Fascinating article in the UK’s Daily Telegraph newspaper.
This post was written last Monday in the hope that I will be back home from my ‘op’ by today, or more accurately expressed as hoping I was back home yesterday.
Quiz: how intelligent is your dog?
Take our special test to gauge your pet’s brainpower
By Andrew Bake
7:00AM BST 25 Oct 2014
We all love our dogs. They repay us with affection, loyalty, fun and amusement, and we boast of their beauty, athletic prowess and impeccable behaviour. But while we can subtly promote our own academic achievements, and hint heavily at the brightness of our children, it is hard to prove – really prove, beyond reasonable doubt – that our canine companions are as intelligent as we know in our hearts they must be.
There is no doubt that some breeds are more intelligent than others, the result – as so much else about dogs – of selective breeding for many generations. But human classification and stereotyping of breeds has also evolved – not always fairly – and there are exceptions within breeds. So it is perfectly possible for an ostensibly airheaded Chihuahua to perform very well in intelligence tests, while a supposedly sagacious German shepherd will fail to distinguish “sit” from “fetch”.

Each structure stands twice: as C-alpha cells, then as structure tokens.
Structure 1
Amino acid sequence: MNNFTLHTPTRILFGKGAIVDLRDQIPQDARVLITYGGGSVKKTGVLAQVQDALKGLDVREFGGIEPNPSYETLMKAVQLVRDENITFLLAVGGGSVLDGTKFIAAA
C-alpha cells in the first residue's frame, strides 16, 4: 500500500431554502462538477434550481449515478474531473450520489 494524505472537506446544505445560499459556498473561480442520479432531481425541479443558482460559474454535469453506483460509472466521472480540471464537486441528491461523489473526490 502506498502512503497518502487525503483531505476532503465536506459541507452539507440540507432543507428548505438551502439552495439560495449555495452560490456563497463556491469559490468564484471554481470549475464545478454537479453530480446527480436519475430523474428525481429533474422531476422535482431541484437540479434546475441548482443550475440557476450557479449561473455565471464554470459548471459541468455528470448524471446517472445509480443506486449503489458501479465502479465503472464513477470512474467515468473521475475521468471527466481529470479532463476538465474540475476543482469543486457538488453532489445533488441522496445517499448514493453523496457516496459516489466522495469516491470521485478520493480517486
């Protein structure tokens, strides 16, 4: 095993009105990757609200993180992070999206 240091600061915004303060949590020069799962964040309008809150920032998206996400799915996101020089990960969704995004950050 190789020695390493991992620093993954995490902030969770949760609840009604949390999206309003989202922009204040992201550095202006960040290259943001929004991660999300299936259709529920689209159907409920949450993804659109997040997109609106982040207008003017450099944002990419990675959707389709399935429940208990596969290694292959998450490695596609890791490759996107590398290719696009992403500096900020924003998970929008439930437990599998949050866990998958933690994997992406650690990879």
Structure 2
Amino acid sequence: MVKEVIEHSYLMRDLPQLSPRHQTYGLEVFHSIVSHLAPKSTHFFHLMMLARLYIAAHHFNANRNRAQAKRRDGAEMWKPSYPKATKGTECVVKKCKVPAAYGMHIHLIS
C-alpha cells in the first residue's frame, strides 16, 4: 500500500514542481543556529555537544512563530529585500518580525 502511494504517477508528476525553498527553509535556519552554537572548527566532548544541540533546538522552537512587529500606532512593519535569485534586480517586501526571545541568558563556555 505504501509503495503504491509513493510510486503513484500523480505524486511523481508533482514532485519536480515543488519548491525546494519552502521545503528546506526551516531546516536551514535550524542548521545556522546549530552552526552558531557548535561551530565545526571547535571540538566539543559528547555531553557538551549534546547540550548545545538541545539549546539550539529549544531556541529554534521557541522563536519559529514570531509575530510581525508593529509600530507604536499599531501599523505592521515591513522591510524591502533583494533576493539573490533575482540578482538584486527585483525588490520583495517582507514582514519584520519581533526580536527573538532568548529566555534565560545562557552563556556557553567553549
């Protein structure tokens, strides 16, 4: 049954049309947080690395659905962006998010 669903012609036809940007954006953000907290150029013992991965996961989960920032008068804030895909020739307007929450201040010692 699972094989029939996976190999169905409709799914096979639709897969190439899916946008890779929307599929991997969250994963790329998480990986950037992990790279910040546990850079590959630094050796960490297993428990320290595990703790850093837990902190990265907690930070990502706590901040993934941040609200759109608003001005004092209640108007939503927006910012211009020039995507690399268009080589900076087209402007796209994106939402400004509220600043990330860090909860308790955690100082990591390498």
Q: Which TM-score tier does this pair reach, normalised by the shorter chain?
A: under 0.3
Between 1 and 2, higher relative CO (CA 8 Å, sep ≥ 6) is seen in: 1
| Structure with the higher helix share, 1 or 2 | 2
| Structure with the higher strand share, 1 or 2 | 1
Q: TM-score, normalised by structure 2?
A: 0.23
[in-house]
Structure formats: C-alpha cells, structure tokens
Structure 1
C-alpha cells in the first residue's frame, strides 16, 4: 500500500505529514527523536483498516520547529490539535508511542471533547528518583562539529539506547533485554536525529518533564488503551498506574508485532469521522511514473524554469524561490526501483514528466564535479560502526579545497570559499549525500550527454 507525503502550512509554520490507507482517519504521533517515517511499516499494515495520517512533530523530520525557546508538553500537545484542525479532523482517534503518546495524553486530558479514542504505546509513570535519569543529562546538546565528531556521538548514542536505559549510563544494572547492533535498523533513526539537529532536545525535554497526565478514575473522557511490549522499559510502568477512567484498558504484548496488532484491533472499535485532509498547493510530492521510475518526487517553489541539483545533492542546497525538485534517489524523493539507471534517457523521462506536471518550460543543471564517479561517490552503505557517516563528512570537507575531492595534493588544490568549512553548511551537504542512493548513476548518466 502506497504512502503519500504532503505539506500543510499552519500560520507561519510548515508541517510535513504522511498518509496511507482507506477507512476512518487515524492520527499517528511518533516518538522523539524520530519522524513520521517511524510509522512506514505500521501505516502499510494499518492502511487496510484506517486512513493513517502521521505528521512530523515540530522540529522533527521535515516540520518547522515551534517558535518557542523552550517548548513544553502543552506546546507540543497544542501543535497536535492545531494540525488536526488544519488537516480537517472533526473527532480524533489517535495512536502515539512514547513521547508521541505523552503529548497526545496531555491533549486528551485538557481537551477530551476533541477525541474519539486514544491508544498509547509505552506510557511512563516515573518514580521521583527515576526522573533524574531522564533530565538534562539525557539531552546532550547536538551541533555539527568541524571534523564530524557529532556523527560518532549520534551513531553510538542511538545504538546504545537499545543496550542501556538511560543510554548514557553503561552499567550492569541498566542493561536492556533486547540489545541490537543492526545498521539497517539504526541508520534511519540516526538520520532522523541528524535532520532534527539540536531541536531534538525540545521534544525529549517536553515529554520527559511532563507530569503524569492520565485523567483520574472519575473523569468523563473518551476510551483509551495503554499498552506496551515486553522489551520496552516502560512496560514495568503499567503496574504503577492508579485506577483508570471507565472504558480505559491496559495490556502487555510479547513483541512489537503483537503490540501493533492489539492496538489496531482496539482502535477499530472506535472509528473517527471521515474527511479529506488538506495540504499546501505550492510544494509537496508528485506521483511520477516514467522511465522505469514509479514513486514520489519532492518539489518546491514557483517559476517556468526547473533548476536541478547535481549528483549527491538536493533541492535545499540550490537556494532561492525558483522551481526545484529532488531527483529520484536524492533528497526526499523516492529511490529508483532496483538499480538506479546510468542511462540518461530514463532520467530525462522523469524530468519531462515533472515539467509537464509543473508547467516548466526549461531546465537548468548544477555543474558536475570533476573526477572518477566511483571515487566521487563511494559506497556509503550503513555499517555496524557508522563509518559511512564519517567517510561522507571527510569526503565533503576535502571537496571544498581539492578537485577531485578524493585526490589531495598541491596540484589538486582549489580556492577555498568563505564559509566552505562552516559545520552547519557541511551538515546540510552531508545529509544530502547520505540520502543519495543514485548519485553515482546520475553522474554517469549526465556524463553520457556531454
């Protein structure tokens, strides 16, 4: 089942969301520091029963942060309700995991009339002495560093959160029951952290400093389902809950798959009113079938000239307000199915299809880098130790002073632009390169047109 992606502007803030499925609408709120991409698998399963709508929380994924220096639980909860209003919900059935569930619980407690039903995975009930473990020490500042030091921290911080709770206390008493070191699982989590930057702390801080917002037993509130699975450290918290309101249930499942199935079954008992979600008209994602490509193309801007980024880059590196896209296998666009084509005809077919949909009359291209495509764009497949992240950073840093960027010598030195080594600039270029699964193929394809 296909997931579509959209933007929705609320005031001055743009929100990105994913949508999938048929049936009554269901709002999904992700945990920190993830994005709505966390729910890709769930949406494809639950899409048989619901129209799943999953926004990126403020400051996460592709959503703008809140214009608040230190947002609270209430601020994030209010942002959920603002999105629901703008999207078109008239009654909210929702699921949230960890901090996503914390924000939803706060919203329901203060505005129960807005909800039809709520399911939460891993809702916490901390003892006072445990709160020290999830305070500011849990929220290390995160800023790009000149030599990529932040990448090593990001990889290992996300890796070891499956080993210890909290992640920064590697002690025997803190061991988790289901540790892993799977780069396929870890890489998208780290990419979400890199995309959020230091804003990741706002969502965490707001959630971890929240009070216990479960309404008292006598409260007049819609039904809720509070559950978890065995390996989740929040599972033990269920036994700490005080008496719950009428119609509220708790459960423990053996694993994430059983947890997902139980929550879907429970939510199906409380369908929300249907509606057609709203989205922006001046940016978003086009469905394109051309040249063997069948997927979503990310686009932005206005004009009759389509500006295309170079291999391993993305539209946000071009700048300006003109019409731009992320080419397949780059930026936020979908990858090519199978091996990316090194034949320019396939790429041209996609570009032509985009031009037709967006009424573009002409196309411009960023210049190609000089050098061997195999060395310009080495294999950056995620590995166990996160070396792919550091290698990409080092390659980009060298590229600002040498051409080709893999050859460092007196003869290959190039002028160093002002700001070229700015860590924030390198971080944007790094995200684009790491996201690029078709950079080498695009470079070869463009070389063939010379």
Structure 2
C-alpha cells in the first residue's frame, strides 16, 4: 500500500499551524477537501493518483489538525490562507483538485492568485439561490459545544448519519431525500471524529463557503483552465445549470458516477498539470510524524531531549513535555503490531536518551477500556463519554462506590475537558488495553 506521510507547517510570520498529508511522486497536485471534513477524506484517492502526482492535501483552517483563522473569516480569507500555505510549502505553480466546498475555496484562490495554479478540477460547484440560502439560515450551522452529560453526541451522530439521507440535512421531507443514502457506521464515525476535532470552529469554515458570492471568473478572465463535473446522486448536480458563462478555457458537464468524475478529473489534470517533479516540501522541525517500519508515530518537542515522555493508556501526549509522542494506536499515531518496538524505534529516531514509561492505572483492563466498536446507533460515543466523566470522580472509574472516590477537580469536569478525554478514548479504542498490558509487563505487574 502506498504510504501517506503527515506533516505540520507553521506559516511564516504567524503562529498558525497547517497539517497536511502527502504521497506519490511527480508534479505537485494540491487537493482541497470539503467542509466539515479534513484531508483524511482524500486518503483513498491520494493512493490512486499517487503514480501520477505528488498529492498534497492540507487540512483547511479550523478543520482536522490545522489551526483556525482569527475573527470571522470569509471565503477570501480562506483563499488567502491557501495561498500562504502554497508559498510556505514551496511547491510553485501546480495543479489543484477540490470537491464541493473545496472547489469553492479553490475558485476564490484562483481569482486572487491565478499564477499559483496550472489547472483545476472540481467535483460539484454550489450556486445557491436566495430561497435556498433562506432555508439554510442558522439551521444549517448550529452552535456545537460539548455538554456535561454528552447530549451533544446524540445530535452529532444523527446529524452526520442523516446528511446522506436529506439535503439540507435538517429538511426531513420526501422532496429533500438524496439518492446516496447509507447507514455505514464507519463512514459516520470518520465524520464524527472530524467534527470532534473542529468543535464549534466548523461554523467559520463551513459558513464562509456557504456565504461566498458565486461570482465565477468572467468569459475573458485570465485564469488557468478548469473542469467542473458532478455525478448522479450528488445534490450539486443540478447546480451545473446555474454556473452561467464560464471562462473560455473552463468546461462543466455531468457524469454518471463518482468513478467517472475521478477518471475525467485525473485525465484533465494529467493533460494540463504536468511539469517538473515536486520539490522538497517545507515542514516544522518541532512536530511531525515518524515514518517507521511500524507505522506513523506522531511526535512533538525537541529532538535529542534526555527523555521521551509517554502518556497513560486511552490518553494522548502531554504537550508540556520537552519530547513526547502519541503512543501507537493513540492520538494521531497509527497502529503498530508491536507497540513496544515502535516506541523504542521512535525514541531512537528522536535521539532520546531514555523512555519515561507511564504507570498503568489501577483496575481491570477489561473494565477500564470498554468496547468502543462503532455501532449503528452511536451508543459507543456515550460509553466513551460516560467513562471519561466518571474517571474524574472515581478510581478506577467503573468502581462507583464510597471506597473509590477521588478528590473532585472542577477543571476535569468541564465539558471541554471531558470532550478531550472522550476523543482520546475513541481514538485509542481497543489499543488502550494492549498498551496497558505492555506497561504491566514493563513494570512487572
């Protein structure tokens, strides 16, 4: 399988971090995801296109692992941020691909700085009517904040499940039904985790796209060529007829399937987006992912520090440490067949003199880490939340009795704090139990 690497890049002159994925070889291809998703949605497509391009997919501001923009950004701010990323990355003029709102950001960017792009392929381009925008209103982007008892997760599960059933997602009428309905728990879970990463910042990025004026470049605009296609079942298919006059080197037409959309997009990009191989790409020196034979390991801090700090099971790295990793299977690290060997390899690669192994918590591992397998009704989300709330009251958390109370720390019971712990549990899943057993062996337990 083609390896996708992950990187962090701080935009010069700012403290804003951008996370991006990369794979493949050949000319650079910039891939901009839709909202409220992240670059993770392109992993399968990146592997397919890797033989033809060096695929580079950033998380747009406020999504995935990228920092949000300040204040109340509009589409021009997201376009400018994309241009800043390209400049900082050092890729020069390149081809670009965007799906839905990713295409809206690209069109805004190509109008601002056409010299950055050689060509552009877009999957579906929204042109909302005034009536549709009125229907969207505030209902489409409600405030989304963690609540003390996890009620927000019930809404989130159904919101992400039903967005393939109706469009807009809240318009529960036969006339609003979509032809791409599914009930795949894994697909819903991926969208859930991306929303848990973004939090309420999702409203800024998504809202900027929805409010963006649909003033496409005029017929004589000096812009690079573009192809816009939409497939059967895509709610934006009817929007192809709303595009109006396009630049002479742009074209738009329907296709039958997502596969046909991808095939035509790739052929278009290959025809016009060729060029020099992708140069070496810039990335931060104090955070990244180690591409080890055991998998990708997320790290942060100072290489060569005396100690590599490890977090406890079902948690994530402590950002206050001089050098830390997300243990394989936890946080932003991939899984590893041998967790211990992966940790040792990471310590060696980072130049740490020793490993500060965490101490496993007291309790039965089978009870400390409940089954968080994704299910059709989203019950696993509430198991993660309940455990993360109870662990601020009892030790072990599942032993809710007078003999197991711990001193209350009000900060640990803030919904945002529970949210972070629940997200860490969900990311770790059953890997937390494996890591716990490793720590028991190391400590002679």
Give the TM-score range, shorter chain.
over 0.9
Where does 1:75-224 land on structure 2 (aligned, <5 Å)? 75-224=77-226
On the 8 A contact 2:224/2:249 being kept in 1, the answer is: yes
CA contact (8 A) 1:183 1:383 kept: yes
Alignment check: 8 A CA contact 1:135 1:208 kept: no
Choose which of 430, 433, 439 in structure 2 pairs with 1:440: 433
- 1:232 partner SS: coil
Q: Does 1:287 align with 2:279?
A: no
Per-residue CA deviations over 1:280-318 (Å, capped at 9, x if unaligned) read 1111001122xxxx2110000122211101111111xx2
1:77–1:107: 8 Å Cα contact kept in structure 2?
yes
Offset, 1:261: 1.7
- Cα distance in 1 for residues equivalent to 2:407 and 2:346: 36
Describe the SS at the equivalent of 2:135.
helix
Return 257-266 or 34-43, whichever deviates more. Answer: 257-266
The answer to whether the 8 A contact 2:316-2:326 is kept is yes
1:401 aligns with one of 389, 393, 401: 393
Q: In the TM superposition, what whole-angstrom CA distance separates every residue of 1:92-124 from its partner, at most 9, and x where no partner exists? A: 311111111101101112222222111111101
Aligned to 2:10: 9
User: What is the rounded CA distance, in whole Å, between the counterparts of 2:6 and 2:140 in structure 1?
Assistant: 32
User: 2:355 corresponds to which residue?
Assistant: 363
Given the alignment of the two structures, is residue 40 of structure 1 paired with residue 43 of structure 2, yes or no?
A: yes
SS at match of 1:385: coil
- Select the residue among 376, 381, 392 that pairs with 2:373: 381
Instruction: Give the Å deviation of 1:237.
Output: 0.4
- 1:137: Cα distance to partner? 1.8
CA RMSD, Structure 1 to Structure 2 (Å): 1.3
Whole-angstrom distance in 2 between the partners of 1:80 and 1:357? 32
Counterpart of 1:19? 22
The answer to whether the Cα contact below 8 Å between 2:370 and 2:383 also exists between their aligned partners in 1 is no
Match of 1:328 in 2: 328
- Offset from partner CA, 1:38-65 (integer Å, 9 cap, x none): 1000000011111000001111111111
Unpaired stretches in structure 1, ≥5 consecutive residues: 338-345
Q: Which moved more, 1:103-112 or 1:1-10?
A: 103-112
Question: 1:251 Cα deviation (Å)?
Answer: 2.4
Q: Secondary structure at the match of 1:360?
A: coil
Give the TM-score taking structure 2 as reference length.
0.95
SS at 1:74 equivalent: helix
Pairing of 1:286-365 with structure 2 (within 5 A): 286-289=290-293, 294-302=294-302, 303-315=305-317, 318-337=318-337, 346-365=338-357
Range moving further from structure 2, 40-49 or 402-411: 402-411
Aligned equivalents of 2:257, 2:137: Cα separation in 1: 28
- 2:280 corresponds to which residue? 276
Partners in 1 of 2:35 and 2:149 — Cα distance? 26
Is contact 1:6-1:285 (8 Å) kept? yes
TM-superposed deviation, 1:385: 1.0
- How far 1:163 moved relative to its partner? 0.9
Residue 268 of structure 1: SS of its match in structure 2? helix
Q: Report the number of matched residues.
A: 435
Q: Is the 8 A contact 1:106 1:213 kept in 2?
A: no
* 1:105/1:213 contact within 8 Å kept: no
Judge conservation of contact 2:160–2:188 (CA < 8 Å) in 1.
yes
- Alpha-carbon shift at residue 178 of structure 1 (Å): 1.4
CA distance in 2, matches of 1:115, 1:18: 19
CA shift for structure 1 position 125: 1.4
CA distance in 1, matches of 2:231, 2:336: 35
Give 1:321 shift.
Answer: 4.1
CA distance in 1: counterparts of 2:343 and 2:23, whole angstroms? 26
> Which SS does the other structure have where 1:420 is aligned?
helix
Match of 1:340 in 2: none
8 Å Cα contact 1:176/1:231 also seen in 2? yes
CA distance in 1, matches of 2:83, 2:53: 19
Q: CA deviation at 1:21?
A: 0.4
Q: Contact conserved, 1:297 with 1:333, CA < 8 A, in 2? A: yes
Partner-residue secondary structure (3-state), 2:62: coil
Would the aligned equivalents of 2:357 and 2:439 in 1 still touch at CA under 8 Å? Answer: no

Behaviour that seems to demonstrate intelligence in dogs is often the result of a combination of breeding and intense training. It is often suggested that Border collies are outstandingly bright, and that may be so: but they have been bred for generations to respond rapidly to complex commands; and sheepdogs – the rock stars of the obedience world – are trained from puppyhood, in many cases at the side of their parents.
Andrew Bake closes his piece, thus:
So how can we arrive at a reasonable estimation of our dog’s mental abilities? The Telegraph canine intelligence test combines observation of the subject’s regular behaviours, some of which may have been influenced by training, habituation and what might loosely be termed upbringing, with a series of simple staged exercises which attempt to measure the dog’s ability to think sequentially and to respond to challenges.
Putting the scores from the two together will produce a fair estimate of general intelligence: good enough, at least, to boast about in the park.
No special equipment is needed — though patience, a new dog-toy and a supply of dog-treats will undoubtedly come in handy.
Then at the bottom of the article is a link ‘Let’s Play‘ that takes you to the test questions.